An old man is walking, ragged and barefooted, along the road from Balaton, when a great big automobile comes along. The great big automobile stops and the driver opens the door.
“Are you headed for Budapest, old man?” he asks.
“Yes,” the old man says.
“Get in, old man, we’ll take you along,” the driver says with a friendly smile.
The old man goes over, sticks his head in the window, and asks:
“Have you got a radio?”
Both stories are good, but neither story is true. The truth is that the old man, ragged and barefooted, is walking along the road when there comes a great big automobile, but it never occurs to him to wave, nor does it ever occur to the driver to stop.
This is the true story. On the other hand, it is not as good as the other two.
Translated by Mark Baczoni
We’d had a very good catch. They said I’d brought them luck; they’d been hauling in catches of five, or four, or seven hundred kilos to Szemes for weeks now, whereas today – by old Muskát’s reckoning, they’d raked over thirty-five hundred kilos off the lake’s bed with the nets. Most of the men were still working away on the barge in the blinding glare of our floodlight, packing the fish in ice, sorting them according to type, quality and size.
We’d dropped anchor somewhere near Dörgicse, just beside the reeds. Thanks to them, the pools of light connecting the two boats had become almost a physical body; all the mosquitoes, moths, and other nocturnal insects on lake Balaton were in a frenzy, swirling in the band of light. I could barely move them away from me in the cabin on the bridge, though it had only a pale ship’s light in a brass and glass-domed housing.
Old Muskát had lain down beside me, spread a newspaper over his eyes, and was sleeping. He’d balled himself up so small that even on this impossibly narrow and short bunk, where two stick-thin men would barely have found room to sit, he was able to make room for me beside him. I lit a cigarette, blowing the smoke where the cloud of insects was thickest. I stared out into the sightless night; now and then a lighthouse in one or other of the harbours in Somogy winked back at me. It was all quiet now, only the waves lapping on the hull.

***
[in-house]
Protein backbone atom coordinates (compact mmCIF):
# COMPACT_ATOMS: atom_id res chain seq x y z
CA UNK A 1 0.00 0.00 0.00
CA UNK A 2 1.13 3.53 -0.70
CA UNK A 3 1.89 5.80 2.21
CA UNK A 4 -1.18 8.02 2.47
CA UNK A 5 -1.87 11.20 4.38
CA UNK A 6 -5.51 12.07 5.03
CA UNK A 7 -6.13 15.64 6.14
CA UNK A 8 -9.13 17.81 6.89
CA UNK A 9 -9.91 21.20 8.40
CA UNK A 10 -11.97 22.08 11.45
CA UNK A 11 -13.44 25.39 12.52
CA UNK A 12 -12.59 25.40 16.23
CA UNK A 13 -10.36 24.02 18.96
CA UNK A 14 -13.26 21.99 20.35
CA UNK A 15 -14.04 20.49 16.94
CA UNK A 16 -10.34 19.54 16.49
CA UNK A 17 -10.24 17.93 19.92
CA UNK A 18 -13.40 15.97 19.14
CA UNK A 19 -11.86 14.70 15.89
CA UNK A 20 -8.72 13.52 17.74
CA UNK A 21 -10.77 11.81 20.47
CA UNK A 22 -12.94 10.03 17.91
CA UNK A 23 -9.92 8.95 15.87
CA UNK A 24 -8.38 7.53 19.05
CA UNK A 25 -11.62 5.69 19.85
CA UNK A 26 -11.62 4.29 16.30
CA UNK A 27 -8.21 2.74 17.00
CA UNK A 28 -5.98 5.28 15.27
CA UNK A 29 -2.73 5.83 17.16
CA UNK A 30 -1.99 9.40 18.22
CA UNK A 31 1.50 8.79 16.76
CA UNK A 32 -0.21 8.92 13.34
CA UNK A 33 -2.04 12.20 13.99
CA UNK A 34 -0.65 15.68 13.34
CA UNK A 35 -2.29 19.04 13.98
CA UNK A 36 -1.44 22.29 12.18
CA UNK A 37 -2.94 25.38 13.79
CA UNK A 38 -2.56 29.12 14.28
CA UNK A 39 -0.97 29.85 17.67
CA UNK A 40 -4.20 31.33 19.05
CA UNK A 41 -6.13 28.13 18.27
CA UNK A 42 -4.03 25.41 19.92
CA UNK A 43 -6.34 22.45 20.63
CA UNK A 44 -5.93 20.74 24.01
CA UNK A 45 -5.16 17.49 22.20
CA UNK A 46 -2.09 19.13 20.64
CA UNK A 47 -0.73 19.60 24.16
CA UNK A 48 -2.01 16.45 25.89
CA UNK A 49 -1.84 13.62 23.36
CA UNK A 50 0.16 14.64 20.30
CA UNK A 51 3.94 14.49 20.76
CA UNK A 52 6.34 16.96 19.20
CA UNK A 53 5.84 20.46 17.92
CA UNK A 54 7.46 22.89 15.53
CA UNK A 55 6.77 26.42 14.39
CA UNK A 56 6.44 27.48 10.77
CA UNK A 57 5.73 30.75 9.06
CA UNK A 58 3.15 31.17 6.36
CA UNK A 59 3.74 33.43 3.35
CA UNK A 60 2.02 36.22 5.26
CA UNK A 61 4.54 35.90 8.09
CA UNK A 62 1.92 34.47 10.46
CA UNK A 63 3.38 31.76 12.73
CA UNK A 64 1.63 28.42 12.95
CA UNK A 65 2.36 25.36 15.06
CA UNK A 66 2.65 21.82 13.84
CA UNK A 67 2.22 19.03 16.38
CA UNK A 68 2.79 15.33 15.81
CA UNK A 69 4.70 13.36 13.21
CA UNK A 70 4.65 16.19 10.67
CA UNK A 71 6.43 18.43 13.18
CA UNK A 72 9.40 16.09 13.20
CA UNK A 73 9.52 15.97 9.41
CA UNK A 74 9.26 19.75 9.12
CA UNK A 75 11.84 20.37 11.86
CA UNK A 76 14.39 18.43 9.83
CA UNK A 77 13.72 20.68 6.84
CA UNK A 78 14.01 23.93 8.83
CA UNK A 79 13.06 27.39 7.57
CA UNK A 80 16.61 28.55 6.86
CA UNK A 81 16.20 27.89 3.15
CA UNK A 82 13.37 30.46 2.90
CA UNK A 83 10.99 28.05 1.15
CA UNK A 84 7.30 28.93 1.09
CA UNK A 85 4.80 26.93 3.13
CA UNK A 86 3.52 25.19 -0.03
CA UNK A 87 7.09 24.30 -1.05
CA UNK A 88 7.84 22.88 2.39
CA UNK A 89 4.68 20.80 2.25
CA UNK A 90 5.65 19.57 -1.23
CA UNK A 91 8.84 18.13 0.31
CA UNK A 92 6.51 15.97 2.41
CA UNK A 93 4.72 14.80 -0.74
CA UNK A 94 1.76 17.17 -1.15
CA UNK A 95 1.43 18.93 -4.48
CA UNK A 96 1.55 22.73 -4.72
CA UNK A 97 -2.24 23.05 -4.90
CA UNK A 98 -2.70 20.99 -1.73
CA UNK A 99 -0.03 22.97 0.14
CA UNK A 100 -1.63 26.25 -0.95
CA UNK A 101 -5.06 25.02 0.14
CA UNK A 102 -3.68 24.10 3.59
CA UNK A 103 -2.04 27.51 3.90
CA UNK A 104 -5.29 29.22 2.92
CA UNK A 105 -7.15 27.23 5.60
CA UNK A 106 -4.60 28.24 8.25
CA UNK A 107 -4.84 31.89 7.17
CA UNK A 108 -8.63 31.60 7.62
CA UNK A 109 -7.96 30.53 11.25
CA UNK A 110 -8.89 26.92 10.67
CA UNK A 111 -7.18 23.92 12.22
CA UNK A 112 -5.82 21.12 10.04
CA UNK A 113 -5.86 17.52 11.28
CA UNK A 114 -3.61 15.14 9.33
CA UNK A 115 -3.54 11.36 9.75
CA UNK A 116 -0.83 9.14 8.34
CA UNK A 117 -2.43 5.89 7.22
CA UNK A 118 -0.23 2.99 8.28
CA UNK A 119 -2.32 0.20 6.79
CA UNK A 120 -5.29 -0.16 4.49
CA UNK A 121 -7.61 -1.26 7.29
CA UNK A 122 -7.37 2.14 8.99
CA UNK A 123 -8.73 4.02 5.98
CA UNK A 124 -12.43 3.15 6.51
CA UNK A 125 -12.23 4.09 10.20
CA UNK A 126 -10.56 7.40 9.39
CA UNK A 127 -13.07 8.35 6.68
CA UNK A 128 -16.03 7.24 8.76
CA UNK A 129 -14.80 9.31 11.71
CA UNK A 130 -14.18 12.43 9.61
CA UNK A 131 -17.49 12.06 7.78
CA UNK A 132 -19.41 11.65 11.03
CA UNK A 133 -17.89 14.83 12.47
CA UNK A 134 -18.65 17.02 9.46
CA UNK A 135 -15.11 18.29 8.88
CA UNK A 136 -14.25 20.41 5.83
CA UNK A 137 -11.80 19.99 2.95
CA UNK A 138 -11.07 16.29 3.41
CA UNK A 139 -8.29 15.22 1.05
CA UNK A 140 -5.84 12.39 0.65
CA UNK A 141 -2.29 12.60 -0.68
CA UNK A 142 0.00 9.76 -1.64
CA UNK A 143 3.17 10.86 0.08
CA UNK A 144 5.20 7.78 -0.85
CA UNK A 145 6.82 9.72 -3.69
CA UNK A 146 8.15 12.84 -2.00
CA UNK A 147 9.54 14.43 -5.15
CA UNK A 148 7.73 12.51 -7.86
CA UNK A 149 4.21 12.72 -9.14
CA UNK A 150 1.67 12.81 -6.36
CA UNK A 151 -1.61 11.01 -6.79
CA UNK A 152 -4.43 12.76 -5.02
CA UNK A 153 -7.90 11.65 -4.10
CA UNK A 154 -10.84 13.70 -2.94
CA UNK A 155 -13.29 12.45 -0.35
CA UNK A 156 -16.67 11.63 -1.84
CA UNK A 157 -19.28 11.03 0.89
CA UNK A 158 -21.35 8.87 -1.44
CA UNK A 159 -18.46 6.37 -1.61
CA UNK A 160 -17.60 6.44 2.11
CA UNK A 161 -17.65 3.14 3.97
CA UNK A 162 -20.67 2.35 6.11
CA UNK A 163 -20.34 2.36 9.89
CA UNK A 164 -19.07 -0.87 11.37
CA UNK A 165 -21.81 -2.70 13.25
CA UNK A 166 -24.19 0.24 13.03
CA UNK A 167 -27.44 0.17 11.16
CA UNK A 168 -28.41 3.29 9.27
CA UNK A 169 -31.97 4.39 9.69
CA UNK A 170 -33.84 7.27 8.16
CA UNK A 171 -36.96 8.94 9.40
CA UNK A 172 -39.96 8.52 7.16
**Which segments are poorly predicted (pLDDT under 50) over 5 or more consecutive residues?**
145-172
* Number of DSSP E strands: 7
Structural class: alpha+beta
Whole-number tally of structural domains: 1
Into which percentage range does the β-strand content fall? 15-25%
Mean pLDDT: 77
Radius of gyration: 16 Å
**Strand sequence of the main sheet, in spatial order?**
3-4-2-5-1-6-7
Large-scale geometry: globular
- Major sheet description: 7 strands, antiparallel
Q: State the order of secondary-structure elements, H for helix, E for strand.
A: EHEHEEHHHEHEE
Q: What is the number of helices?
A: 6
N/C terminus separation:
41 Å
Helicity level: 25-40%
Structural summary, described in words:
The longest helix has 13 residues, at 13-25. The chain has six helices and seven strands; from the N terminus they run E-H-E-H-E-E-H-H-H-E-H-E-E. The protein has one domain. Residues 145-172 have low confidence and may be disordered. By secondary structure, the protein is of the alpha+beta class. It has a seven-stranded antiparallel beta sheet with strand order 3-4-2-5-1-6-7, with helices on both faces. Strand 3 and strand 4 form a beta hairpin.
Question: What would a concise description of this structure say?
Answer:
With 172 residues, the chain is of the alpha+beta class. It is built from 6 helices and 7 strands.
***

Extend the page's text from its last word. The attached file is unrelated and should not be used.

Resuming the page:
All at once, someone piped up behind me somewhere in the stern.
“Hey! Has anybody seen the star?”
“What star?” I asked after a small pause, there having been no answer.
“The paper, you know.”
I looked around. In front of the wheel was the compass in a battered wooden case; to the right and left of it, a shortish shelf. Old Muskát kept his pipe tobacco there, and besides that there were a few finger-smeared glasses, in case we got hold of some beer or wine. Then there were the papers: one of the big dailies, a technical journal, and Women’s Own, all of them creased to death and dog-eared. I did wonder at first why the fishermen subscribed to Women’s Own, there being strictly no women allowed on the boat; but then, perhaps that’s the reason.
I went through the pile of papers and called back:
“The Star’s not in here.”
“The devil take that Balog,” said the voice.
‘If he means the latest issue of The Star,’ I thought to myself, ‘there’s a story of mine in there, too.’ I ruminated on how such a hard-bit fisherman would react to my story…I was filled with happy daydreams. Who’d have thought that something one writes would find an audience here, in the light of a pale ship’s lamp beside the reeds somewhere below Dörgicse? This isn’t the most God-forsaken profession in the world after all, I told myself, and could hardly sit still with pleasure. I went out on deck. The night was cool, the reeds sighing softly but powerfully behind me. I was struck by the scent of fish soup. Two men huddled over a spirit stove had been making fish soup since midnight in the biggest enamel pot in Hungary.
This soup is the ancient right of every fisherman on the Balaton, and has been for centuries. I was there when they brought the fish for it over from the barge; I’m no expert, but it looked like they weren’t the worst of the catch. I watched them make it in the old Balaton way – without any fat, but with so many onions that not even two of them had managed to slice them up before the tiny flame had brought the enormous pan of water to the boil. And now, at the same time as the heavy footfall of the fishermen returning from the barge set the boat swaying gently, the smell of the fish soup suddenly spread all through the night, warming the heart like a woman’s laughter.
Either because of the smell, or because of something else, old Muskát woke up. He took a report on the catch, casting a grateful glance at me, the guest who’d brought them good fortune. There were comings and goings, plenty of clinking and the banging of mess tins meanwhile. Then a bold, jovial voice called:
“Ahoy there, colleagues! Which of you’s got The Star?”
‘Well, well,’ I thought, ‘another reader’.
“I do,” said someone in the bow.
“Who’re you then?”
“Well get a move on, Szabó.”
‘How badly he wants it’, I thought delightedly to myself as they brought old Muskát his soup on the bridge. He got his brought to him on a tray in a white porcelain bowl. He was the head fisherman there, the Captain, the lord and master. He was the old god of the Balaton, who knew where, when, and in what direction the fish would swarm, and could guide the fleet to the very spot.